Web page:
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Perennial Garden with Muhly Grass, Blonde Ambition Blue Grama Grass, Solidago, Agastache, and Salvia

Watershed Wise Gardening

As the American West is experiencing increasingly frequent droughts, we as individuals need to get creative on how we can manage our water use – especially in the garden. Water is the most valuable resource on our planet. And yet, many people tend to waste it, and not treat it with care. Gardening gives us a greater appreciation of water, and how we can use this precious resource more efficiently. In a watershed garden, you can make the most of the rain that does fall to grow a beautiful garden, while supporting pollinators and wildlife, as well as contributing to healthy streams, rivers, and bodies of water downstream.

What Is A Watershed?

The Environmental Protection Agency definition is “an area of land that drains to a common waterway, such as a stream, lake, estuary, wetland, aquifer, or even the ocean.” All of our homes and gardens are connected to larger bodies of water. We can all play a part in managing watersheds, which are essential to healthy ecosystems, supporting both wildlife and human life.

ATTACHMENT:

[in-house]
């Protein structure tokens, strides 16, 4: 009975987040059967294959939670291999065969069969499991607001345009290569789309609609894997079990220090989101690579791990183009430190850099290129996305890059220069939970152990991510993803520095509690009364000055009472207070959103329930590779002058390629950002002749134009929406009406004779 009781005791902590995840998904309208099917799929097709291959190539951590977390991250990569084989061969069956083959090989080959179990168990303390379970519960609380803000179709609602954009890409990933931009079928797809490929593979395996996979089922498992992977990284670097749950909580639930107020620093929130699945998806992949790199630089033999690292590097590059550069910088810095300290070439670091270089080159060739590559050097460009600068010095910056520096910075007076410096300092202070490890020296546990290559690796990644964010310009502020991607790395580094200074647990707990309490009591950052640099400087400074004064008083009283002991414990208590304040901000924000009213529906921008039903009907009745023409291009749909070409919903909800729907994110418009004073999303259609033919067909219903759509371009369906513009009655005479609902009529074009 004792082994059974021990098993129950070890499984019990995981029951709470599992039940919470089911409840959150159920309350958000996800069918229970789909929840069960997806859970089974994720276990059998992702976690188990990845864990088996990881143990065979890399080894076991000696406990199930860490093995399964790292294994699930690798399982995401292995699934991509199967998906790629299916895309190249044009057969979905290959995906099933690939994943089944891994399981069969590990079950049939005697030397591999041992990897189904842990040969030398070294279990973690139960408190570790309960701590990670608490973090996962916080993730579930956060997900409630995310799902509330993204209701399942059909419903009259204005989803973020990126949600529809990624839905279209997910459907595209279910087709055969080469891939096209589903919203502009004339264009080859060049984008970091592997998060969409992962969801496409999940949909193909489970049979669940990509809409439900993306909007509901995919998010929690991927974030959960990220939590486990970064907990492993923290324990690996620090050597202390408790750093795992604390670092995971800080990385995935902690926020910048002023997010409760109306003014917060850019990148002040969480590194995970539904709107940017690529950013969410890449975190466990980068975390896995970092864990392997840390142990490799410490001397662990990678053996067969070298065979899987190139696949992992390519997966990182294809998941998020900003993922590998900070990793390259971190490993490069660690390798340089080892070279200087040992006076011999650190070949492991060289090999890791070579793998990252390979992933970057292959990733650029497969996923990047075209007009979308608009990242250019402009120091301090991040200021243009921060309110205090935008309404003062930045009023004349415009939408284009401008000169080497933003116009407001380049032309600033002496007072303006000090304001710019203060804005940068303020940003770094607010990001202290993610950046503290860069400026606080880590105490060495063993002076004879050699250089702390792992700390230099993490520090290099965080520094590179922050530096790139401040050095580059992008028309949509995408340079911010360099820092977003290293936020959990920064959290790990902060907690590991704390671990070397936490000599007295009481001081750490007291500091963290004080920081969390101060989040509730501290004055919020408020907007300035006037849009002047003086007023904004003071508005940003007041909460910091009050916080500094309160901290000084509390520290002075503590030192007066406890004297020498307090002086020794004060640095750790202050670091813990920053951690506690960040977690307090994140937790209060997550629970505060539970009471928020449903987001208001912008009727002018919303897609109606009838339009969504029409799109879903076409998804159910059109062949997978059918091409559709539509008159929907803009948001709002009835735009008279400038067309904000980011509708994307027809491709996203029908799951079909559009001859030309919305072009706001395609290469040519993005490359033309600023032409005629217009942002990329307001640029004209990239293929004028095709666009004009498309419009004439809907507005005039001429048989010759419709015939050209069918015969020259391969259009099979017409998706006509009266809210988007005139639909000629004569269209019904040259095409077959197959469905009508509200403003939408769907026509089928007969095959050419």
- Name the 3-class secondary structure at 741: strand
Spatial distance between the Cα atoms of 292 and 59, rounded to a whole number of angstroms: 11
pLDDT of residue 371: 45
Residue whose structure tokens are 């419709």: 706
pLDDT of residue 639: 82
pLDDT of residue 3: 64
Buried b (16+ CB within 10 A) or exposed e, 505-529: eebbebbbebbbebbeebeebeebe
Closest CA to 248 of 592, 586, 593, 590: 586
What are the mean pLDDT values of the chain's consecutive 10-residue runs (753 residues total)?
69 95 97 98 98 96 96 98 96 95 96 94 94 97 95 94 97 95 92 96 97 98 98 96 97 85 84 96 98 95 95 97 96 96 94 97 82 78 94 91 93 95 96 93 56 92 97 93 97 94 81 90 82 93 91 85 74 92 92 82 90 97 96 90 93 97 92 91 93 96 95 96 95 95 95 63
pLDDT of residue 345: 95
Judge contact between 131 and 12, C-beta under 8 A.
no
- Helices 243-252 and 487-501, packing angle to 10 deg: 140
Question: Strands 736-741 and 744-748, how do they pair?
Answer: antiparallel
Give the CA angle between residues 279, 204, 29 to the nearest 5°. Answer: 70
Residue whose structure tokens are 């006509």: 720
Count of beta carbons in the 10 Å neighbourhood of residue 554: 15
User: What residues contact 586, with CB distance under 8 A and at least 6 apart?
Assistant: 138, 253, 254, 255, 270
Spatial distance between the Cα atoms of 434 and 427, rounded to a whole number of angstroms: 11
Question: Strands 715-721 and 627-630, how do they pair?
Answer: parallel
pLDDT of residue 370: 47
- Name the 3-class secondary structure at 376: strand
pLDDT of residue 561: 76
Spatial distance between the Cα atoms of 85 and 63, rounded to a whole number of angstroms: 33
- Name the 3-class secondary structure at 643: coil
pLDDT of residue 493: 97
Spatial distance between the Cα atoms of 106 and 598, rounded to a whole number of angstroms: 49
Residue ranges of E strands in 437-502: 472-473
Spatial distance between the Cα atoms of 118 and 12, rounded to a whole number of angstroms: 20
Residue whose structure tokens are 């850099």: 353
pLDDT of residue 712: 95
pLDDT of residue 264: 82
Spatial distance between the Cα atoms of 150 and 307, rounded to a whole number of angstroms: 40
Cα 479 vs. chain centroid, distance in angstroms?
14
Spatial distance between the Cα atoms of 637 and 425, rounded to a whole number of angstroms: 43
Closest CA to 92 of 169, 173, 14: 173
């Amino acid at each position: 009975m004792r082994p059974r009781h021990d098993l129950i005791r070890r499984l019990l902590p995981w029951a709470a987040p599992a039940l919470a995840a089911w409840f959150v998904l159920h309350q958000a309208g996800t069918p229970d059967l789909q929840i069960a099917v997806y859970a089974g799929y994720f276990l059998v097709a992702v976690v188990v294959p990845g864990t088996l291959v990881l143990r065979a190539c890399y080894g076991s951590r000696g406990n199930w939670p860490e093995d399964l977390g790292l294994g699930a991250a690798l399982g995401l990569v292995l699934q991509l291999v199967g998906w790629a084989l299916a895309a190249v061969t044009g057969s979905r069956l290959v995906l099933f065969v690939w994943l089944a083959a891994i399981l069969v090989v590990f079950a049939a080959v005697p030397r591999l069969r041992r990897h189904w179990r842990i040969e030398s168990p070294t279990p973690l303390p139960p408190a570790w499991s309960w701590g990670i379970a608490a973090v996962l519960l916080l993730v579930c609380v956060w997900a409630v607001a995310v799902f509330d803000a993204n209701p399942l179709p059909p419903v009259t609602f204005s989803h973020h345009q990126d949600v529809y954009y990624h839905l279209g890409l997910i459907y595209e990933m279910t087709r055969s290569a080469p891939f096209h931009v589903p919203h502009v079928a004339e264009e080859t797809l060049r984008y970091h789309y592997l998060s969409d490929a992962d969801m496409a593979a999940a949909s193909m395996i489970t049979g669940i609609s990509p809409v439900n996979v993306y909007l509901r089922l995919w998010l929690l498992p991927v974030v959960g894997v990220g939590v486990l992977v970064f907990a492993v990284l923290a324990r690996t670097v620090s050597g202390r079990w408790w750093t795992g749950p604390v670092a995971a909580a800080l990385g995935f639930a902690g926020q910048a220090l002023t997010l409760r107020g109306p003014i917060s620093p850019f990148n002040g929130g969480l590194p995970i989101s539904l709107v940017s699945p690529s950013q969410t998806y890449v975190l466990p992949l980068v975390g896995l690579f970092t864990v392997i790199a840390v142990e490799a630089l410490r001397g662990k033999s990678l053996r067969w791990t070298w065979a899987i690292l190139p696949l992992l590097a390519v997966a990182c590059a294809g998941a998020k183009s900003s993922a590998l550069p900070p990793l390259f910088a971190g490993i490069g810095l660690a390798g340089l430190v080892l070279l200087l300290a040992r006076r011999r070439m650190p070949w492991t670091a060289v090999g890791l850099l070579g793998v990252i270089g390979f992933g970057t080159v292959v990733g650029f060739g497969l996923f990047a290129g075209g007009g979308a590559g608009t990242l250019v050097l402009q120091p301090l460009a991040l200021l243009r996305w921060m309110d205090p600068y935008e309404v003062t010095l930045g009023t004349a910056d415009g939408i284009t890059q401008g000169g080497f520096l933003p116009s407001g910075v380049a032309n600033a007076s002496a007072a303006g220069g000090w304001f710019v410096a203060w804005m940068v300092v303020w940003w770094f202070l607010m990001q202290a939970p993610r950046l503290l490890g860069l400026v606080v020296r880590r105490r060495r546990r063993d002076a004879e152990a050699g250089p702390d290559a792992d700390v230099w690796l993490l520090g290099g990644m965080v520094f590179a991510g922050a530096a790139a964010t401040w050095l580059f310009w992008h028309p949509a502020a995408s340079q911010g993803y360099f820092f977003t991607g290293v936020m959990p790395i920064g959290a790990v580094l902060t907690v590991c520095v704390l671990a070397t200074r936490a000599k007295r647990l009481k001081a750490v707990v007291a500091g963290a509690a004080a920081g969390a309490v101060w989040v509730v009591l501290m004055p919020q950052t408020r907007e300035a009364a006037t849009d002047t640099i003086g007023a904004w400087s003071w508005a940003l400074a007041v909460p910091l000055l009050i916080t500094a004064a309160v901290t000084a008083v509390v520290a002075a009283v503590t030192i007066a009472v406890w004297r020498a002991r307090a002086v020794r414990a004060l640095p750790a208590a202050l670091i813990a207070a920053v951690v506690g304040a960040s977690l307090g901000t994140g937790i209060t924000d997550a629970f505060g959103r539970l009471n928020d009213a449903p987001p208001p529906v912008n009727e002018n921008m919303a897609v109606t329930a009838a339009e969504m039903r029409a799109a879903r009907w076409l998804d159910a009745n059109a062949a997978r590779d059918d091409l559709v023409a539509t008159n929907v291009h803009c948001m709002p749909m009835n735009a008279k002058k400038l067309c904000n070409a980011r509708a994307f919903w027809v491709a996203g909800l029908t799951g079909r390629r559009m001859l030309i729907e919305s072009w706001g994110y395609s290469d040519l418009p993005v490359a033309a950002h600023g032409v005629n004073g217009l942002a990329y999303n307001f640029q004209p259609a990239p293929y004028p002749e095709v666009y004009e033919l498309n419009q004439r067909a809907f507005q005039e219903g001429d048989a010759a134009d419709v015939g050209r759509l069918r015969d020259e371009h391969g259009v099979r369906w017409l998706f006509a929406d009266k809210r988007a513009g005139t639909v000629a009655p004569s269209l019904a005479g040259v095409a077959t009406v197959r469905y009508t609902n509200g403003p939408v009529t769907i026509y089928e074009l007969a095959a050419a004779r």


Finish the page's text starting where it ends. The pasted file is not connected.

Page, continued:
What Are The Benefits Of A Watershed Wise Garden?

Watershed wise gardening is an intentional way to manage the cycles of drought and precipitation. The goal of watershed wise gardening is to slow the flow of water runoff, so that we can Recapture, Retain, Filter, and Purify water.

As a result of planting a watershed garden, you can...

  • use rainfall water carefully and efficiently,
  • save water and money by irrigating less,
  • help prevent erosion and pollution,
  • preserve and improve the health of your soil,
  • support wildlife and pollinators, and
  • contribute to a healthy community.

What Is Runoff - And Why Is It A Problem?